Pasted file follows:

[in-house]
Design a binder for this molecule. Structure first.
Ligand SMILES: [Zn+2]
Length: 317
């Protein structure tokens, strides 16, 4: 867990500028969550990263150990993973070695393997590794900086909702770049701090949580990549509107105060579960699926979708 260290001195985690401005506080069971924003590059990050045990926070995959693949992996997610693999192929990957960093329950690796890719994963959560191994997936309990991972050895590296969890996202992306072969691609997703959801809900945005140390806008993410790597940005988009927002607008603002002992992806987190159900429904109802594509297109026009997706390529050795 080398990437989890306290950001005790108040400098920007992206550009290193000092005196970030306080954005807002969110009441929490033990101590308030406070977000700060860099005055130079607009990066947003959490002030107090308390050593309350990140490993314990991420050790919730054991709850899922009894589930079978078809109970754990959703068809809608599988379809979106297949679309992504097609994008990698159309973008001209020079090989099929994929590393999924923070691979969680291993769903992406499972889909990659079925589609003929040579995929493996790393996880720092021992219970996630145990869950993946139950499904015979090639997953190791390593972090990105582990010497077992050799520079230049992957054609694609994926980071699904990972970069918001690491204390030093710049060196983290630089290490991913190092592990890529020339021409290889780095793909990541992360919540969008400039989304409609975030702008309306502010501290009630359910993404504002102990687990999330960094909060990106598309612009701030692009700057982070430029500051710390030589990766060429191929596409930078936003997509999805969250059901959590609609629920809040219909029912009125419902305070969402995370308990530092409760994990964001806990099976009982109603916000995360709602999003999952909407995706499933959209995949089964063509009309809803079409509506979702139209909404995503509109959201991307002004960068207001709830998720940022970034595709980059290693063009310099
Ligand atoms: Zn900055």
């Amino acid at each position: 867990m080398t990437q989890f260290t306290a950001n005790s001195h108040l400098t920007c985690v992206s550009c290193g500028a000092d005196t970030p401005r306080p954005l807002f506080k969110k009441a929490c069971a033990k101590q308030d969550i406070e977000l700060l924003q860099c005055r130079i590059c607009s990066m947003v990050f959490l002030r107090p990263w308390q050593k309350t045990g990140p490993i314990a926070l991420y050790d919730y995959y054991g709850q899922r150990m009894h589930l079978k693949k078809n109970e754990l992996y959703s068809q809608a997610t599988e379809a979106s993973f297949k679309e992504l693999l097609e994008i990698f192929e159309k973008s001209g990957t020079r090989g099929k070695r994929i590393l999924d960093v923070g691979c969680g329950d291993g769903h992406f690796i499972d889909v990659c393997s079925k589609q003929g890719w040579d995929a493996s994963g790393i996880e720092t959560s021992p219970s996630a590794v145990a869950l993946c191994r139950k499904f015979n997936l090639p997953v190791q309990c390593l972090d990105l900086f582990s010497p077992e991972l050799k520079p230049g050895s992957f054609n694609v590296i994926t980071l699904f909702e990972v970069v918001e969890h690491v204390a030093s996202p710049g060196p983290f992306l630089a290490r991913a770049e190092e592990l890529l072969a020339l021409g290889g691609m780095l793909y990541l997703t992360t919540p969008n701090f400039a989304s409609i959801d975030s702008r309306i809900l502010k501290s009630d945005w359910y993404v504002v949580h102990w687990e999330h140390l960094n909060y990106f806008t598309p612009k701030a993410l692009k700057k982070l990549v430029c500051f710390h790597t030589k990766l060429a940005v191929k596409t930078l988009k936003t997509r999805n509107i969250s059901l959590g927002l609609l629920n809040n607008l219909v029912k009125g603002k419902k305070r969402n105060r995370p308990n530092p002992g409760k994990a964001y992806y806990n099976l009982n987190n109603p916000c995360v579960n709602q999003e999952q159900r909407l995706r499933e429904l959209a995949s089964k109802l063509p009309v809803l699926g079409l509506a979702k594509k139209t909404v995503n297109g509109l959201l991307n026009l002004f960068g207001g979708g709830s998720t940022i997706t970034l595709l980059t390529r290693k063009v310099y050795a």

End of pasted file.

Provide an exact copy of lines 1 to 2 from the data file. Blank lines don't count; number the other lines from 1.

[in-house]
Design a binder for this molecule. Structure first.